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The Thin Blue Line film still

Each month, Melanie Friesen invites a distinguished guest to Vancity Theatre’s Cinema Salon, in order to present his/her favourite film. After the screening, both audience and speaker have the opportunity to engage over drinks and snacks in the Vancity lounge. This month’s film is Errol Morris’ The Thin Blue Line.

Dallas police officer Robert Wood was shot dead in November 1976 when he approached a blue Mercury Comet on the highway. Two men were in the car – who did it? Against the lifestyles of drifters and runaways, drive-ins, convenience stores and shabby motels, The Thin Blue Line was a new slant on documentary, made all the more eerie with Philip Glass’ score.

This is the film that put Errol Morris on the map before he went on to make films such as The Fog of War and The Unknown Known. Roger Ebert said, “After twenty years of reviewing films, I haven’t found another filmmaker who intrigues me more … Errol Morris is like a magician, and as great a filmmaker as Hitchcock or Fellini.”

The Thin Blue Line was also chosen by the New York Film Critics Circle, National Board of Review & National Society of Film Critics as a Best Documentary winner.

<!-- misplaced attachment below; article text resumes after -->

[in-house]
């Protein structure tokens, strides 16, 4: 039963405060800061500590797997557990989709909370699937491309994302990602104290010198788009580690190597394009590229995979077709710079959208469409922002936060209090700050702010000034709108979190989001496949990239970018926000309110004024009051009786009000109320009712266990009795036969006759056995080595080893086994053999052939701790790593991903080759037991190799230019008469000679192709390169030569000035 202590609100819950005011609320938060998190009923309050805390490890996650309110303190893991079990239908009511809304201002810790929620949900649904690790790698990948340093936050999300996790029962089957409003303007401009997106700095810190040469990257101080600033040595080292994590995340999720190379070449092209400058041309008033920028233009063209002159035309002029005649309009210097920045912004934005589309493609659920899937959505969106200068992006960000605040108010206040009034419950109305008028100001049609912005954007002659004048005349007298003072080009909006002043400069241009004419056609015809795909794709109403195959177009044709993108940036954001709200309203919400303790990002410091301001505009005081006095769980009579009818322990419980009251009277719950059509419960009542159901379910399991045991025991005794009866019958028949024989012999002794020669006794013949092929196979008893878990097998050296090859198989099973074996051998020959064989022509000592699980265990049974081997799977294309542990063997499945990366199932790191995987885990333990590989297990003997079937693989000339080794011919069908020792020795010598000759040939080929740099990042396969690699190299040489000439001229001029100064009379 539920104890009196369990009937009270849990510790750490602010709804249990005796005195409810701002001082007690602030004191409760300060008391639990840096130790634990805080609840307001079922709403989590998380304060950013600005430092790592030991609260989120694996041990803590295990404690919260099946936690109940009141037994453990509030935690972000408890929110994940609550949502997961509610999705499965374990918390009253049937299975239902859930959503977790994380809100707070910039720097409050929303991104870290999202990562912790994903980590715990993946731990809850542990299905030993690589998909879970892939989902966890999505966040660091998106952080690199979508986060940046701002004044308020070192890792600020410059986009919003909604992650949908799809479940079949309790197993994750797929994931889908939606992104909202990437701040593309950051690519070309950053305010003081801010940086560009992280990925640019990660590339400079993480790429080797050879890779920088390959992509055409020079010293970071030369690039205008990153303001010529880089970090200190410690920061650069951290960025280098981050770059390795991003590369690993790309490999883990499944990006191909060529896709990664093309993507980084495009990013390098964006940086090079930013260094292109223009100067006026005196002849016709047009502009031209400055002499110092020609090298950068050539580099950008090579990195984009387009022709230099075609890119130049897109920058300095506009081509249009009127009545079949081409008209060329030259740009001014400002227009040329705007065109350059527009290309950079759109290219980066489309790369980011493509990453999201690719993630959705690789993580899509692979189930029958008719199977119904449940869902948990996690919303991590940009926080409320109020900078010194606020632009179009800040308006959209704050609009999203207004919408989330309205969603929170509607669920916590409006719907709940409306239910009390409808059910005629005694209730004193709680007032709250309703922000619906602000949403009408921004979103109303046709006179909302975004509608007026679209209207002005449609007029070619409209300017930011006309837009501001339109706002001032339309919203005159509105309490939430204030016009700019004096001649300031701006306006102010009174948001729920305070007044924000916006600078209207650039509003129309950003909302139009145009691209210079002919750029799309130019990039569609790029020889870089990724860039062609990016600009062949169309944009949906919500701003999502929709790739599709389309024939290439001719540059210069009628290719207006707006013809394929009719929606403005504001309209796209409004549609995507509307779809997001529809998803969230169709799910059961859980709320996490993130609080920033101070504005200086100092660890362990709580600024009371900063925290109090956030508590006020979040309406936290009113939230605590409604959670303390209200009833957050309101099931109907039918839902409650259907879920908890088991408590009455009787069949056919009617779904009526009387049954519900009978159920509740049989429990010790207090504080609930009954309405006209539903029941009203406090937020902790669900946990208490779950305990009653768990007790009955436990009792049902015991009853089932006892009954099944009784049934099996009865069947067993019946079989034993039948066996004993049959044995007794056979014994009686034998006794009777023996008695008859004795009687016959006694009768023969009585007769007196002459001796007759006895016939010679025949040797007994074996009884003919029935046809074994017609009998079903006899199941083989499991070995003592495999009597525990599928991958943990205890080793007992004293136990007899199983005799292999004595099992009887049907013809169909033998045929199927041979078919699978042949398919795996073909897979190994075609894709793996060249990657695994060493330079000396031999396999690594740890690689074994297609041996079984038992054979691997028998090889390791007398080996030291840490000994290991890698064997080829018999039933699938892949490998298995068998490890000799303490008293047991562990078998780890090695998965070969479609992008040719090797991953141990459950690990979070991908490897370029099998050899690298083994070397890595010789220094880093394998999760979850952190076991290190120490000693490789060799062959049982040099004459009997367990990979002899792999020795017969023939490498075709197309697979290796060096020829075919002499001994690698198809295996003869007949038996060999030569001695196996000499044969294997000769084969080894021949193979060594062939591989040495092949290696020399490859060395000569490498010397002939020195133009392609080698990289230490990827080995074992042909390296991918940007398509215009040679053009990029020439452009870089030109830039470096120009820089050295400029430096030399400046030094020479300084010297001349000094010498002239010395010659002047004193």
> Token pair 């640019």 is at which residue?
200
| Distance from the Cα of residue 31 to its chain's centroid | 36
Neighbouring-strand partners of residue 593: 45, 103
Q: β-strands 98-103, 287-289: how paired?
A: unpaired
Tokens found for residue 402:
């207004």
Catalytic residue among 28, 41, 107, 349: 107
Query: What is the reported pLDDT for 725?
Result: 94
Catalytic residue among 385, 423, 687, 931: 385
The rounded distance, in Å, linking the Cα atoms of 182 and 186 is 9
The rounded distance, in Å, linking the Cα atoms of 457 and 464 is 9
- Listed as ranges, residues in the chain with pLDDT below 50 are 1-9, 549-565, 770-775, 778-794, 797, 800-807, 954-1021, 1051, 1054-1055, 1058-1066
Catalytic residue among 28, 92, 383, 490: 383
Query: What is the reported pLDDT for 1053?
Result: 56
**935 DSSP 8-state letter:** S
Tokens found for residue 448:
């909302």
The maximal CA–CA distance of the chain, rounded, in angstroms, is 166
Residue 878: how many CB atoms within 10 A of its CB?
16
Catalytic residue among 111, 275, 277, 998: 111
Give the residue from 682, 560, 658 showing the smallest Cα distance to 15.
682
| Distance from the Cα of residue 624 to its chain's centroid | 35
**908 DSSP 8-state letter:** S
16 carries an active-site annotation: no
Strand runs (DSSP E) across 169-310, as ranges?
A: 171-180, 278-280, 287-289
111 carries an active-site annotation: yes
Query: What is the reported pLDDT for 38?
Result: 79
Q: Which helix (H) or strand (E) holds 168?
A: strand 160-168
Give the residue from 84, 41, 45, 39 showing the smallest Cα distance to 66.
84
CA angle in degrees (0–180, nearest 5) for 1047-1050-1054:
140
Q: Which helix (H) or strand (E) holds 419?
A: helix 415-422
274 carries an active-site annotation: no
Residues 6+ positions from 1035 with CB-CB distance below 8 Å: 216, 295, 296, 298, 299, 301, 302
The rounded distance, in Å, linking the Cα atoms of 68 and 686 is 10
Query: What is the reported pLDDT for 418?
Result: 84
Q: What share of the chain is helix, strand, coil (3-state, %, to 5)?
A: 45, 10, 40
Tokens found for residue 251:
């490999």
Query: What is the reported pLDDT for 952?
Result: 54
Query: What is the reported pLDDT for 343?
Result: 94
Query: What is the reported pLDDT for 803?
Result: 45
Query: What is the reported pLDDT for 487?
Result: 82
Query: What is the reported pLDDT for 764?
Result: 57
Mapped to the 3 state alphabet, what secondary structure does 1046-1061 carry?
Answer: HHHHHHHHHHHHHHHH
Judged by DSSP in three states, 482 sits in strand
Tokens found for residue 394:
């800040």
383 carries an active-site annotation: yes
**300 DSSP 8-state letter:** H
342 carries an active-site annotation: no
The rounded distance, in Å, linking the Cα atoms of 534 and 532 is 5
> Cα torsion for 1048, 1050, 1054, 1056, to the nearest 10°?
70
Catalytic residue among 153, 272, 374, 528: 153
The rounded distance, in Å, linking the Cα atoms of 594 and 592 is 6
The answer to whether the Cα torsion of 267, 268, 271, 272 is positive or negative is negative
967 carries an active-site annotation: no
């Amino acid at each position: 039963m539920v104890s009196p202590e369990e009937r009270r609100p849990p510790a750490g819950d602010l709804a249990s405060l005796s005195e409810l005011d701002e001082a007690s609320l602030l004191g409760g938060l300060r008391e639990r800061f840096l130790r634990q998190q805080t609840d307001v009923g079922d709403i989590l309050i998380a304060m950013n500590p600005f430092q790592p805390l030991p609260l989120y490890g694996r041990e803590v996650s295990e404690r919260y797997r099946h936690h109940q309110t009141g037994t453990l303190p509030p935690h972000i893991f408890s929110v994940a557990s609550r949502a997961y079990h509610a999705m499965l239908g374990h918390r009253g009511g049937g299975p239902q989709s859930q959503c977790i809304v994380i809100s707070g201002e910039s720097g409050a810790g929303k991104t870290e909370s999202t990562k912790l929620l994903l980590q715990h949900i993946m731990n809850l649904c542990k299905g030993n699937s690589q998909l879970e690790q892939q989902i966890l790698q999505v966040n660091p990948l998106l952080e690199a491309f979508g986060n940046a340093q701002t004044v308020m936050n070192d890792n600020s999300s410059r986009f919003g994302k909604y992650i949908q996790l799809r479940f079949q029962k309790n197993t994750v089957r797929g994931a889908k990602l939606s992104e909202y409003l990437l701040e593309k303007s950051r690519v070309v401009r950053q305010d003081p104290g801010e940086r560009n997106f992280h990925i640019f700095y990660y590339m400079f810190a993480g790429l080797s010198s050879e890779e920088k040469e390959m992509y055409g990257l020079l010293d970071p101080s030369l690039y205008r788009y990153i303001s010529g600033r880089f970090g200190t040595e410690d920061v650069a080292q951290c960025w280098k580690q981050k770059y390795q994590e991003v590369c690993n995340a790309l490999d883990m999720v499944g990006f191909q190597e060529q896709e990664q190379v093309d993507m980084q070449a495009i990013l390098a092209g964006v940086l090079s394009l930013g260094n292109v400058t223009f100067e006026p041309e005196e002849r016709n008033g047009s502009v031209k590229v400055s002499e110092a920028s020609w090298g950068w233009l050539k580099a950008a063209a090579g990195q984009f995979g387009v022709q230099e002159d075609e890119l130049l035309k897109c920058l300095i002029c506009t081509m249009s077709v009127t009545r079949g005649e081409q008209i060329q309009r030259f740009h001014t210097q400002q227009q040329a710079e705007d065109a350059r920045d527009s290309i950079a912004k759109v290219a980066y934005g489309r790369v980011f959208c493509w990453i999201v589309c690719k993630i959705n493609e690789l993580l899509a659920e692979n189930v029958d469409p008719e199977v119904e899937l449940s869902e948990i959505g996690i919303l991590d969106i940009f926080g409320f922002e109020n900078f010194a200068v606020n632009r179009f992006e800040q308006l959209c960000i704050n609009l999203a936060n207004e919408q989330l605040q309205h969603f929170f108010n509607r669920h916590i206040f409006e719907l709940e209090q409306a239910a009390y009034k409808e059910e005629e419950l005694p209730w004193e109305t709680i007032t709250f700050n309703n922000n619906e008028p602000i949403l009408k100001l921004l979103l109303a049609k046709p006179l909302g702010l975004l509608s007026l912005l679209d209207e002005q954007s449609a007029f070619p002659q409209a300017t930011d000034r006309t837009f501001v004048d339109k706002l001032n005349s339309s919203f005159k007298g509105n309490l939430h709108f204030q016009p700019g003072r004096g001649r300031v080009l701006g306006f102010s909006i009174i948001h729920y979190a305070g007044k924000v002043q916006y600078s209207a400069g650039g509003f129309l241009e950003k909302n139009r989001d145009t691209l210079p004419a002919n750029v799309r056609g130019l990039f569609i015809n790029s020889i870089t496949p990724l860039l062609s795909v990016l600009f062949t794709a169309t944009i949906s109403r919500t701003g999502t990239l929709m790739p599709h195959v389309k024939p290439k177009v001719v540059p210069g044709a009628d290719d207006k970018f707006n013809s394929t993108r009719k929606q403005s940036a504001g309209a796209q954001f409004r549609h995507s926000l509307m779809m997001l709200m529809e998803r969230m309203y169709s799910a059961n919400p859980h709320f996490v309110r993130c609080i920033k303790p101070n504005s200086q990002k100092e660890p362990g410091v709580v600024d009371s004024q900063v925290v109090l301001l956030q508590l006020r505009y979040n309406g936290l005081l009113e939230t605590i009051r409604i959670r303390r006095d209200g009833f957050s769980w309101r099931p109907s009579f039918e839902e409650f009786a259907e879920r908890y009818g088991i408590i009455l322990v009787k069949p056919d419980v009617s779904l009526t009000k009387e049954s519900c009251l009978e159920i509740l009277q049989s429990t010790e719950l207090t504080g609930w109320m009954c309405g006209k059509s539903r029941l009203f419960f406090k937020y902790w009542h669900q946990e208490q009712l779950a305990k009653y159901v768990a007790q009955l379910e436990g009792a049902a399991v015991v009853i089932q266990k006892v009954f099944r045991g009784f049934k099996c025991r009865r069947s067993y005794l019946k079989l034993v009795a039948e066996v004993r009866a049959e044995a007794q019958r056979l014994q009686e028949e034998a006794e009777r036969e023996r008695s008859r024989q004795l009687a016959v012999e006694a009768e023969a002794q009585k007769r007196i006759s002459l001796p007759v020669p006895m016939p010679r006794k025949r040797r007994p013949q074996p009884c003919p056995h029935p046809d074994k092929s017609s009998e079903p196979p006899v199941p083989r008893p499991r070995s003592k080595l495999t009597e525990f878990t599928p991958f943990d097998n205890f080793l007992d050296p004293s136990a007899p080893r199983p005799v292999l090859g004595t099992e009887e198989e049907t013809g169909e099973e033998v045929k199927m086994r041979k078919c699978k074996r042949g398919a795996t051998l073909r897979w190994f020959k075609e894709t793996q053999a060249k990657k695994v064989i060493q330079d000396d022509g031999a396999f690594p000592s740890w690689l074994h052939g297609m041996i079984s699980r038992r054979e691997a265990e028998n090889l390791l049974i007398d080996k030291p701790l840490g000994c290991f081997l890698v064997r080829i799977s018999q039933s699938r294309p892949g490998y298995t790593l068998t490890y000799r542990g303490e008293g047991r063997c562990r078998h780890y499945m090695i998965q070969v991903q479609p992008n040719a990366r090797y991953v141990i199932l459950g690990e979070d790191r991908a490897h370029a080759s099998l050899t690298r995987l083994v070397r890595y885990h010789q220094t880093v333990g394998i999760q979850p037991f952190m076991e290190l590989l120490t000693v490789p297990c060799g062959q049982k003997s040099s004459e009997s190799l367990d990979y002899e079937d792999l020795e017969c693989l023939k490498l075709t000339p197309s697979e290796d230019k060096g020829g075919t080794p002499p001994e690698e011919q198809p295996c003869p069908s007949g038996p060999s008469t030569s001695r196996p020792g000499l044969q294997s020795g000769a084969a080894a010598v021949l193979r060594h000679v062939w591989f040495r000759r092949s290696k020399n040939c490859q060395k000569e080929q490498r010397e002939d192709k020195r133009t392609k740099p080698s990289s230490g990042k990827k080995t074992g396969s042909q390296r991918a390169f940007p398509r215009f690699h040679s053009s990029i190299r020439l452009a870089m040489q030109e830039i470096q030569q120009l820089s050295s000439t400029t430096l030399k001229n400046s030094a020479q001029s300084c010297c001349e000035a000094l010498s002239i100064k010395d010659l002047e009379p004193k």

“David

David Beers is founding editor of The Tyee, a BC-based online source for news, views, and solutions-oriented journalism, winner of Canada’s Excellence in Journalism Award and North America’s Edward R. Murrow Award.

The Tyee is recognized internationally as an innovative experiment in independent, internet-based journalism. Beers also teaches at the University of British Columbia School of Journalism. Before starting The Tyee in 2003, Beers worked as a senior editor at The Vancouver Sun, Mother Jones magazine, and the San Francisco Examiner. His writing has garnered National Magazine Awards in both the U.S. and Canada. He’s also penned a memoir, Blue Sky Dream.

Vancity Cinema Salon with David Beers Presents The Thin Blue Line

Date: Tuesday, June 3, 7 pm; PLEASE NOTE: Going forward, Cinema Salon will begin at 7 pm
Venue: Vancity Theatre, 1181 Seymour Street, Vancouver
Tickets: $13.00; may be purchased online

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